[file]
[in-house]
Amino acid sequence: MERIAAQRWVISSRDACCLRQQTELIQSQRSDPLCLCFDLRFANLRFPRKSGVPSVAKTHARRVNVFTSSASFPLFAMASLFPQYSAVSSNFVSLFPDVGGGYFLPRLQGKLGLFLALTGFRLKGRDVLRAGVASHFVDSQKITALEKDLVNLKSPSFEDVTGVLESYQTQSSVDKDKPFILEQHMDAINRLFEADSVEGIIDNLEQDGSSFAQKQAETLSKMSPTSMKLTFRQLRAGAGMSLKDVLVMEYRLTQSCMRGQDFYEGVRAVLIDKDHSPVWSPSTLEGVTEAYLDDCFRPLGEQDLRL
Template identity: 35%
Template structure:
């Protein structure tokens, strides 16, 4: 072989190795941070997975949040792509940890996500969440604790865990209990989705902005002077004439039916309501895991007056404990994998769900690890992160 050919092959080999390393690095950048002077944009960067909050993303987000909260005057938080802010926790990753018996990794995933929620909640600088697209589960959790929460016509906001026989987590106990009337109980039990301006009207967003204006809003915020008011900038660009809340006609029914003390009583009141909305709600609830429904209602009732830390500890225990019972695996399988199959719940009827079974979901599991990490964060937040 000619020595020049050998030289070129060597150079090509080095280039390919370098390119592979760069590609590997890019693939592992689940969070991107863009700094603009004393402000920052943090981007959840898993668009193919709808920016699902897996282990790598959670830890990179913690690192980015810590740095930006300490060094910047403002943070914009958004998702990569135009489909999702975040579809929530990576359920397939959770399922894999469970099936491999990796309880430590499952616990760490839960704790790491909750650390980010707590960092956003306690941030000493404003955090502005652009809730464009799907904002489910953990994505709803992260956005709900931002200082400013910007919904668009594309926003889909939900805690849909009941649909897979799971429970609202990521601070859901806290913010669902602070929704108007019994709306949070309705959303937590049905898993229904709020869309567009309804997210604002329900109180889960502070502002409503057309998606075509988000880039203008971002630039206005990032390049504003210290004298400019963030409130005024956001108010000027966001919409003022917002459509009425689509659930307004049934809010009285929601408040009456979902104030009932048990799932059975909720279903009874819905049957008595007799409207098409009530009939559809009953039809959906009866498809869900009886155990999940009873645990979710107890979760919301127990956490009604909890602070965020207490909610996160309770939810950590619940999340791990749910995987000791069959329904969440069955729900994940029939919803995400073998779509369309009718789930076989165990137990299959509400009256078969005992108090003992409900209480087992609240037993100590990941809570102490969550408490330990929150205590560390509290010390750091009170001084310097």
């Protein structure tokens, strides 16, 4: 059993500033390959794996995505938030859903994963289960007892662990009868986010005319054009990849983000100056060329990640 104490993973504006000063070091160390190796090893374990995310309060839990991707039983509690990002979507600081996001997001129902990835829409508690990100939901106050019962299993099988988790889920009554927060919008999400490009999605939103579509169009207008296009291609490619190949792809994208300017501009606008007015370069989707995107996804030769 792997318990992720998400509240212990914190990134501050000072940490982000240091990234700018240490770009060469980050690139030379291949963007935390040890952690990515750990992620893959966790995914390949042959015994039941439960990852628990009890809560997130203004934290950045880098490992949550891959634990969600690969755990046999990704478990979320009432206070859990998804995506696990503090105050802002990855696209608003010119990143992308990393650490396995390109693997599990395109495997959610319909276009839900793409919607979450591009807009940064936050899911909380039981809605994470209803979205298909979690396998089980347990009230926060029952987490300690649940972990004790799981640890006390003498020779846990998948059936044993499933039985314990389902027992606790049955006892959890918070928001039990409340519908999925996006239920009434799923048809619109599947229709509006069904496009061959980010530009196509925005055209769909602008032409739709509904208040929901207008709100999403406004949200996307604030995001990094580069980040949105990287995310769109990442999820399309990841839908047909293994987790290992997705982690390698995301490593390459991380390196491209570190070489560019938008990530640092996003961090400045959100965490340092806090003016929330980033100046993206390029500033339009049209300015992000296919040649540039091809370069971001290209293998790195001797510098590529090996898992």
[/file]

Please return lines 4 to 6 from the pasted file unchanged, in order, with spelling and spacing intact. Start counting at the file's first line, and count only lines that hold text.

Template structure:
């Protein structure tokens, strides 16, 4: 072989190795941070997975949040792509940890996500969440604790865990209990989705902005002077004439039916309501895991007056404990994998769900690890992160 050919092959080999390393690095950048002077944009960067909050993303987000909260005057938080802010926790990753018996990794995933929620909640600088697209589960959790929460016509906001026989987590106990009337109980039990301006009207967003204006809003915020008011900038660009809340006609029914003390009583009141909305709600609830429904209602009732830390500890225990019972695996399988199959719940009827079974979901599991990490964060937040 000619020595020049050998030289070129060597150079090509080095280039390919370098390119592979760069590609590997890019693939592992689940969070991107863009700094603009004393402000920052943090981007959840898993668009193919709808920016699902897996282990790598959670830890990179913690690192980015810590740095930006300490060094910047403002943070914009958004998702990569135009489909999702975040579809929530990576359920397939959770399922894999469970099936491999990796309880430590499952616990760490839960704790790491909750650390980010707590960092956003306690941030000493404003955090502005652009809730464009799907904002489910953990994505709803992260956005709900931002200082400013910007919904668009594309926003889909939900805690849909009941649909897979799971429970609202990521601070859901806290913010669902602070929704108007019994709306949070309705959303937590049905898993229904709020869309567009309804997210604002329900109180889960502070502002409503057309998606075509988000880039203008971002630039206005990032390049504003210290004298400019963030409130005024956001108010000027966001919409003022917002459509009425689509659930307004049934809010009285929601408040009456979902104030009932048990799932059975909720279903009874819905049957008595007799409207098409009530009939559809009953039809959906009866498809869900009886155990999940009873645990979710107890979760919301127990956490009604909890602070965020207490909610996160309770939810950590619940999340791990749910995987000791069959329904969440069955729900994940029939919803995400073998779509369309009718789930076989165990137990299959509400009256078969005992108090003992409900209480087992609240037993100590990941809570102490969550408490330990929150205590560390509290010390750091009170001084310097």
């Protein structure tokens, strides 16, 4: 059993500033390959794996995505938030859903994963289960007892662990009868986010005319054009990849983000100056060329990640 104490993973504006000063070091160390190796090893374990995310309060839990991707039983509690990002979507600081996001997001129902990835829409508690990100939901106050019962299993099988988790889920009554927060919008999400490009999605939103579509169009207008296009291609490619190949792809994208300017501009606008007015370069989707995107996804030769 792997318990992720998400509240212990914190990134501050000072940490982000240091990234700018240490770009060469980050690139030379291949963007935390040890952690990515750990992620893959966790995914390949042959015994039941439960990852628990009890809560997130203004934290950045880098490992949550891959634990969600690969755990046999990704478990979320009432206070859990998804995506696990503090105050802002990855696209608003010119990143992308990393650490396995390109693997599990395109495997959610319909276009839900793409919607979450591009807009940064936050899911909380039981809605994470209803979205298909979690396998089980347990009230926060029952987490300690649940972990004790799981640890006390003498020779846990998948059936044993499933039985314990389902027992606790049955006892959890918070928001039990409340519908999925996006239920009434799923048809619109599947229709509006069904496009061959980010530009196509925005055209769909602008032409739709509904208040929901207008709100999403406004949200996307604030995001990094580069980040949105990287995310769109990442999820399309990841839908047909293994987790290992997705982690390698995301490593390459991380390196491209570190070489560019938008990530640092996003961090400045959100965490340092806090003016929330980033100046993206390029500033339009049209300015992000296919040649540039091809370069971001290209293998790195001797510098590529090996898992």